username: "username",
  password: "password"
)
audio_file = File.open(Dir.getwd + "/resources/speech.wav")
future = speech_to_text.await.recognize(
  audio: audio_file
)
p future.complete? # If the request is successful, then this will be true
output = future.value # The response is accessible at future.value

When async is used, the request is made asynchronously

speech_to_text = IBMWatson::SpeechToTextV1.new(
  username: "username",
  password: "password"
)
audio_file = File.open(Dir.getwd + "/resources/speech.wav")
future = speech_to_text.async.recognize(
  audio: audio_file
)
p future.complete? # Can be false if the request is still running
future.wait # Wait for the asynchronous call to finish
p future.complete? # If the request is successful, then this will now be true
output = future.value

Sending request headers

Custom headers can be passed in any request in the form of a Hash as a parameter to the headers chainable method. For example, to send a header called Custom-Header to a call in Watson Assistant, pass the headers as a parameter to the headers chainable method:

require "ibm_watson"
include IBMWatson

assistant = AssistantV1.new(
  username: "xxx",
  password: "yyy",
  version: "2017-04-21"
)

response = assistant.headers(
  "Custom-Header" => "custom_value"
  ).list_workspaces

Parsing HTTP response info

HTTP requests all return DetailedResponse objects that have a result, status, and headers

require "ibm_watson"
include IBMWatson

assistant = AssistantV1.new(
  username: "xxx",
  password: "yyy",
  version: "2017-04-21"
)

response = assistant.headers(
  "Custom-Header" => "custom_value"
  ).list_workspaces

p "Status: #{response.status}"
p "Headers: #{response.headers}"
p "Result: #{response.result}"

This would give an output of DetailedResponse having the structure:

Status: 200
Headers: "<http response headers>"
Result: "<response returned by service>"

Configuring the HTTP client

To set client configs like timeout or proxy use the configure_http_client function and pass in the configurations.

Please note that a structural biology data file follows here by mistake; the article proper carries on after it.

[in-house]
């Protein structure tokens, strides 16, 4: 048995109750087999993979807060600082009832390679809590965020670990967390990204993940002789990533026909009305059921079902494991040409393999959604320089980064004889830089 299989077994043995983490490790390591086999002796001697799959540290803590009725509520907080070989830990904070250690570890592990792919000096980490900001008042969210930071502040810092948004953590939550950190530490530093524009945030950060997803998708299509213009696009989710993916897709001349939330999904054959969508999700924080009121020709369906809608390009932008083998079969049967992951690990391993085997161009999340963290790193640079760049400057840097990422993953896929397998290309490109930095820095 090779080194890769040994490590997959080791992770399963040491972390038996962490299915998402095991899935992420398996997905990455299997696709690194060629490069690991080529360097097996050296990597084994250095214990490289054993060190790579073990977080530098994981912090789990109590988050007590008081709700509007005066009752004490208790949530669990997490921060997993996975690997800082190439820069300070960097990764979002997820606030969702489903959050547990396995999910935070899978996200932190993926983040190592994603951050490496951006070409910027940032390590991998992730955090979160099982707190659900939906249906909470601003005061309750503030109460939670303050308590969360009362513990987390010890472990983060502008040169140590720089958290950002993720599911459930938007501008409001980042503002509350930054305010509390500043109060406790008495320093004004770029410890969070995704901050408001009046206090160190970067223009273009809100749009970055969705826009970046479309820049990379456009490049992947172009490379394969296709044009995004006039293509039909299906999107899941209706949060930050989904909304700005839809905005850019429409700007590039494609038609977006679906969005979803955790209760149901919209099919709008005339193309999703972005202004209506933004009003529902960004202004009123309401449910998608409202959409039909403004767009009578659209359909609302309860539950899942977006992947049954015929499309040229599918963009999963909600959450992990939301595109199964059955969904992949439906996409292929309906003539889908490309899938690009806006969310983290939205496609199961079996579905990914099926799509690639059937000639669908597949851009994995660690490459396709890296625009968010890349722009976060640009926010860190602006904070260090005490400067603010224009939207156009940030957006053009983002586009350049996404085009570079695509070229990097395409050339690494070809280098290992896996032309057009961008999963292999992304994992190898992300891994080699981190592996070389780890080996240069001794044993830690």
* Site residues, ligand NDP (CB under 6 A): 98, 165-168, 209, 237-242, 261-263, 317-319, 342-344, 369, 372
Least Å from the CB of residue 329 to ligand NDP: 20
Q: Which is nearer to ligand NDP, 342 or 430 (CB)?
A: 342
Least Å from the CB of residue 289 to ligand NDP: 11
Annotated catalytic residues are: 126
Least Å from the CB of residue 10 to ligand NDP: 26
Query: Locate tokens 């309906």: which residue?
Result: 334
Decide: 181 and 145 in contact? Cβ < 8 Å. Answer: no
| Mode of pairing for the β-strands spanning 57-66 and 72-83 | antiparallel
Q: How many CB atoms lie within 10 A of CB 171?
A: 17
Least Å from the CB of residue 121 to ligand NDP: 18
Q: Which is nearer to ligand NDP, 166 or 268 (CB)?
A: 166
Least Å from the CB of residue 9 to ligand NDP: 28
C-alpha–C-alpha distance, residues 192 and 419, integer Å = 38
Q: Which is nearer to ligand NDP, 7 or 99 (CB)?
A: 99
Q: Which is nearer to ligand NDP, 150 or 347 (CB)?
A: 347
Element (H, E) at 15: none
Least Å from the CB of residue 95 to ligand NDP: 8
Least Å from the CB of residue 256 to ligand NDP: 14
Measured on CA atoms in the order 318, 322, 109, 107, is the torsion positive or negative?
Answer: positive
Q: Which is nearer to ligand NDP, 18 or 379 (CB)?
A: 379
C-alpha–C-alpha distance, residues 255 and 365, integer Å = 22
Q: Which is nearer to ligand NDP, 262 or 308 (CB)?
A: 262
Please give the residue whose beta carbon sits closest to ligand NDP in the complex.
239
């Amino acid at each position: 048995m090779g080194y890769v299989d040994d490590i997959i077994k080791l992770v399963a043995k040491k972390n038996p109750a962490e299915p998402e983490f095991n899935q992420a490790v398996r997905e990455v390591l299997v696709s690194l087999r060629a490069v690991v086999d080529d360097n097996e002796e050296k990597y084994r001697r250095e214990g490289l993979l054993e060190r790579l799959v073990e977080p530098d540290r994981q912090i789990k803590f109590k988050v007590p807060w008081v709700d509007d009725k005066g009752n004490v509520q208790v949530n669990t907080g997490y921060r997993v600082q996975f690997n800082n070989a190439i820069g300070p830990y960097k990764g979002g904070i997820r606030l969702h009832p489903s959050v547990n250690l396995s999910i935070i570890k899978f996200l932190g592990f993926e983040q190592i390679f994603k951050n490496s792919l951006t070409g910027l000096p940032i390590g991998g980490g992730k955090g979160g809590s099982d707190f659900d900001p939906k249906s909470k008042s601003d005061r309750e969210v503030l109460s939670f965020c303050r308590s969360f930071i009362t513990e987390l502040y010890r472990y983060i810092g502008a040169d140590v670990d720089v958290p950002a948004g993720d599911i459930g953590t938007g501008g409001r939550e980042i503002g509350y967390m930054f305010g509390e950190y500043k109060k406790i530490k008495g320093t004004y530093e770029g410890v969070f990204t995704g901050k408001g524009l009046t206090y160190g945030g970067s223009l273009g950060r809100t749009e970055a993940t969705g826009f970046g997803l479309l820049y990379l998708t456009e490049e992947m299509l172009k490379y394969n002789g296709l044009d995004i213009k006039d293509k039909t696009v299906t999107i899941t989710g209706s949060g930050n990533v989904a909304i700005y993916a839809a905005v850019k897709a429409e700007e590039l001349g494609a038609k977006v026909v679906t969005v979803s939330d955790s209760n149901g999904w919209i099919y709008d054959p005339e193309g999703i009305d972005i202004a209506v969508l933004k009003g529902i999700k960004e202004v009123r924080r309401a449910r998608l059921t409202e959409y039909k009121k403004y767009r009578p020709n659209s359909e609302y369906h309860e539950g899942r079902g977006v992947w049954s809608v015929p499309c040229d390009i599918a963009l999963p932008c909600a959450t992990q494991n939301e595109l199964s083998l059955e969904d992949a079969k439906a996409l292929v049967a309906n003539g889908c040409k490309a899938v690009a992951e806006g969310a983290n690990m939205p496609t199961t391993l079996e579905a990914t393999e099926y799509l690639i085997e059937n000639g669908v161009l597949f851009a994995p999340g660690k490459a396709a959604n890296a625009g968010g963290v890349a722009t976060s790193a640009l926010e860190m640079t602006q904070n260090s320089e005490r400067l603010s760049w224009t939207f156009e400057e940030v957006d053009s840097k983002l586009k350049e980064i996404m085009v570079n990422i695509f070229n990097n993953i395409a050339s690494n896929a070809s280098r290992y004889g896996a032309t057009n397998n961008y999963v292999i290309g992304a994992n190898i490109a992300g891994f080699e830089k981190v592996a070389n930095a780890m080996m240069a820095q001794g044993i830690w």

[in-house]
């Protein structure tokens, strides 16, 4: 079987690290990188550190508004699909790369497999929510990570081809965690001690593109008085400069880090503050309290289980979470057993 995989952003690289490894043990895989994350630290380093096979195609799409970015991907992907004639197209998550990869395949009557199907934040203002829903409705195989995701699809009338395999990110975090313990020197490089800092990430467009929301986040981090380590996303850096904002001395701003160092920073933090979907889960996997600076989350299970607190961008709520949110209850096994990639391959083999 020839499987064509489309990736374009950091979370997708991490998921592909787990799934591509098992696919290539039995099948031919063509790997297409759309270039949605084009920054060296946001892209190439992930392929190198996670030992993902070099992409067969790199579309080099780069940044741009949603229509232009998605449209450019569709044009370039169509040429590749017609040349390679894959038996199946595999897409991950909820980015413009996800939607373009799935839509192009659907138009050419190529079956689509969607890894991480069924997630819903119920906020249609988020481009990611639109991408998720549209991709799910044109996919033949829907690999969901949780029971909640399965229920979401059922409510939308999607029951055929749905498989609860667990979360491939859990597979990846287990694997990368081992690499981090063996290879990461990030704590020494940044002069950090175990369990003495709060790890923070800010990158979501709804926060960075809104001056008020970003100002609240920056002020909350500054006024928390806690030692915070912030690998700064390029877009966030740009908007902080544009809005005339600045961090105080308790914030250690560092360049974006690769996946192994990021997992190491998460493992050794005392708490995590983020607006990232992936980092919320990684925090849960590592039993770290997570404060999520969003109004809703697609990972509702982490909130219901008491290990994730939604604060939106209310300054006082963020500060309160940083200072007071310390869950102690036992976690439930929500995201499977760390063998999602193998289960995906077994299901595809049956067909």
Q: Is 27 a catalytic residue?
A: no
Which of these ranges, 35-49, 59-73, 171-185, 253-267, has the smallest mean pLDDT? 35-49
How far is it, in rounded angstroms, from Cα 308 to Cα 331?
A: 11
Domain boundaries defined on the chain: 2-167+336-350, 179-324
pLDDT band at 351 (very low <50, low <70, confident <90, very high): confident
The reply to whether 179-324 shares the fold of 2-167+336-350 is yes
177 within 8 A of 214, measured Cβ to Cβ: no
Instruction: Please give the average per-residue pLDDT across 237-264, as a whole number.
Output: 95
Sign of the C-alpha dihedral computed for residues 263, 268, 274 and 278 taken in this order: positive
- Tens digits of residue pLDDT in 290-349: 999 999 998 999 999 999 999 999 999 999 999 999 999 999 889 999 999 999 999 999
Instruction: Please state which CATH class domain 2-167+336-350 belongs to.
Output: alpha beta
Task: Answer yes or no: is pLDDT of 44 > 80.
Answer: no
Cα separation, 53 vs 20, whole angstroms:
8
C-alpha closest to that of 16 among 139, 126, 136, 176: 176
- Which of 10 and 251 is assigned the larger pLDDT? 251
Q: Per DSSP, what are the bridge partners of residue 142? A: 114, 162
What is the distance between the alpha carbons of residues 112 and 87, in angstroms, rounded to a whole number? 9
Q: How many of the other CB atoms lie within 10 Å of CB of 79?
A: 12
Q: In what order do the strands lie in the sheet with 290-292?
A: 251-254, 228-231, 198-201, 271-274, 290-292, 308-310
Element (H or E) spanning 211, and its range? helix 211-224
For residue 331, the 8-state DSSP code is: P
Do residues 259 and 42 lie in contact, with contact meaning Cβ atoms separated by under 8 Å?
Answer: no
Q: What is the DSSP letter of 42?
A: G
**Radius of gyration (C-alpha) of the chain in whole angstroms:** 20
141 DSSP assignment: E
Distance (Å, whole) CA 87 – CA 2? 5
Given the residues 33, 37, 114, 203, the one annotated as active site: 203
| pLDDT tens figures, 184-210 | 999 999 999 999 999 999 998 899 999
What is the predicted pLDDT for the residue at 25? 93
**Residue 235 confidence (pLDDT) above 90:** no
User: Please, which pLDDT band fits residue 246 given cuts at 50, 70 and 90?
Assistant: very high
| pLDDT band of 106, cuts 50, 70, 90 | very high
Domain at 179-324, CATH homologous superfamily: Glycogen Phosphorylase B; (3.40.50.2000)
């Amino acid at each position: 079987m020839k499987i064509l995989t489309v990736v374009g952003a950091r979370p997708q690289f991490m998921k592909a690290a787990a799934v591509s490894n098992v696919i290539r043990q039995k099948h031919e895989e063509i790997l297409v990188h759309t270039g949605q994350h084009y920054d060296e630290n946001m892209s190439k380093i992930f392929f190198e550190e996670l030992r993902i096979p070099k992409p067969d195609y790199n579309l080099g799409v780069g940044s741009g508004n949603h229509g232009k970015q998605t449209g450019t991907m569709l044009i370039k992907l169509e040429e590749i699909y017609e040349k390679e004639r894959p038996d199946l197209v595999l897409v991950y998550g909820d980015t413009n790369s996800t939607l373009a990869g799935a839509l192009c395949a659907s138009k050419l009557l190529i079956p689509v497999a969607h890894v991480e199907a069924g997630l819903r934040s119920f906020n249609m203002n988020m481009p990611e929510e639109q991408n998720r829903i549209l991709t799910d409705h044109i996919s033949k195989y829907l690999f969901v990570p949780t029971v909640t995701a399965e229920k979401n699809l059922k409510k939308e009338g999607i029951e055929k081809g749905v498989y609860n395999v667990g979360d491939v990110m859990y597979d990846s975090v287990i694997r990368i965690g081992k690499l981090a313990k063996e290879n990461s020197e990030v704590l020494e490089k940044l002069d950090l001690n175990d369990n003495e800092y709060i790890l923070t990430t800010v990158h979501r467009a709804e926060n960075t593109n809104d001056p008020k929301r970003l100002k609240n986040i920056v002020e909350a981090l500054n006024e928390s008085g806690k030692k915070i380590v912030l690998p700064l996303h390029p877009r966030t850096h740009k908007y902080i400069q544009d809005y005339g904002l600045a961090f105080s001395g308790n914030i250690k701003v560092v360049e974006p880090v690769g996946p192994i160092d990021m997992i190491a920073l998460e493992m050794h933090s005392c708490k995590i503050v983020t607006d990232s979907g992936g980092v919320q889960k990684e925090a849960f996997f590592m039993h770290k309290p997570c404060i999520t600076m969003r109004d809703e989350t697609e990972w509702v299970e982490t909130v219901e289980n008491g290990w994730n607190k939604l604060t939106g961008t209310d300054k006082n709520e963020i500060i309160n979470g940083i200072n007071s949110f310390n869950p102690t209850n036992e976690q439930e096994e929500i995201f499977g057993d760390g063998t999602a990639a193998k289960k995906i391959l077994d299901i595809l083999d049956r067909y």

require "ibm_watson/assistant_v1"
include IBMWatson

assistant = AssistantV1.new(
  username: "{username}",
  password: "{password}",
  version: "2018-07-10"
)

assistant.configure_http_client(
  timeout: {
    # Accepts either :per_operation or :global
    per_operation: { # The individual timeouts for each operation
      read: 5,
      write: 7,
      connect: 10
    }
    # global: 30 # The total timeout time
  },
  proxy: {
    address: "bogus_address.com",
    port: 9999,
    username: "username",
    password: "password",
    headers: {
      bogus_header: true
    }
  }
)

Using Websockets

The Speech-to-Text service supports websockets with the recognize_using_websocket method. The method accepts a custom callback class. The eventmachine loop that the websocket uses blocks the main thread by default. Here is an example of using the websockets method:

require "ibm_watson"

callback = IBMWatson::RecognizeCallback.new
audio_file = "<Audio File for Analysis>"
speech_to_text = IBMWatson::SpeechToTextV1.new(
  username: "<username>",
  password: "<password>"
)
websocket = speech_to_text.recognize_using_websocket(
  audio: audio_file,
  recognize_callback: callback,
  interim_results: true
)
thr = Thread.new do # Start the websocket inside of a thread
  websocket.start # Starts the websocket and begins sending audio to the server.
  # The `callback` processes the data from the server
end
thr.join # Wait for the thread to finish before ending the program or running other code

Note: recognize_with_websocket has been deprecated in favor of recognize_using_websocket

Ruby version

Tested on:

  • MRI Ruby (RVM): 2.3.7, 2.4.4, 2.5.1
  • RubyInstaller (Windows x64): 2.3.3, 2.4.4, 2.5.1

Contributing

See CONTRIBUTING.md.

License

This library is licensed under the Apache 2.0 license.